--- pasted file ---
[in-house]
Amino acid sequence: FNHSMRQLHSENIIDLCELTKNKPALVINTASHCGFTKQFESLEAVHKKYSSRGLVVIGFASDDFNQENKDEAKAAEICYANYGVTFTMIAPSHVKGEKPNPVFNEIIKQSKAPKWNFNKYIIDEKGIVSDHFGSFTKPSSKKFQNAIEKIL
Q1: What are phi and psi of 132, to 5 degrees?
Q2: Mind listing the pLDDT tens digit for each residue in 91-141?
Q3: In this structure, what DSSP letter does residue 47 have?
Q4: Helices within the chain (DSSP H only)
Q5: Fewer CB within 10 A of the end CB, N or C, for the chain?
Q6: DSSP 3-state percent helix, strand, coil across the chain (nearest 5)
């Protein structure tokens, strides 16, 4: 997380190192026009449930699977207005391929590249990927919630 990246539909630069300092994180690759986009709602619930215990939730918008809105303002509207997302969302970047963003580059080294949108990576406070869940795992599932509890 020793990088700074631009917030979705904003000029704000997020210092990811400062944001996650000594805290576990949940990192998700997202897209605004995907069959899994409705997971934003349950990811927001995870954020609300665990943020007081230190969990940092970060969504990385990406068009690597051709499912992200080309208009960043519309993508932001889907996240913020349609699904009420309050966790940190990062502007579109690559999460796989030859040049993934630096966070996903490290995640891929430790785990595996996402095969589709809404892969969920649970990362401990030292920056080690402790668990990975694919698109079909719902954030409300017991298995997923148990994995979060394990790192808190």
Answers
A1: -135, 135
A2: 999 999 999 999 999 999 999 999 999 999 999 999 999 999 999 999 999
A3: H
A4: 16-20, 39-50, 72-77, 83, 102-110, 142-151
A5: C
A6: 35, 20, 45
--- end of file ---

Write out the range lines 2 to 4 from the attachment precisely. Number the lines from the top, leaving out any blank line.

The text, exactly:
Amino acid sequence: FNHSMRQLHSENIIDLCELTKNKPALVINTASHCGFTKQFESLEAVHKKYSSRGLVVIGFASDDFNQENKDEAKAAEICYANYGVTFTMIAPSHVKGEKPNPVFNEIIKQSKAPKWNFNKYIIDEKGIVSDHFGSFTKPSSKKFQNAIEKIL
Q1: What are phi and psi of 132, to 5 degrees?
Q2: Mind listing the pLDDT tens digit for each residue in 91-141?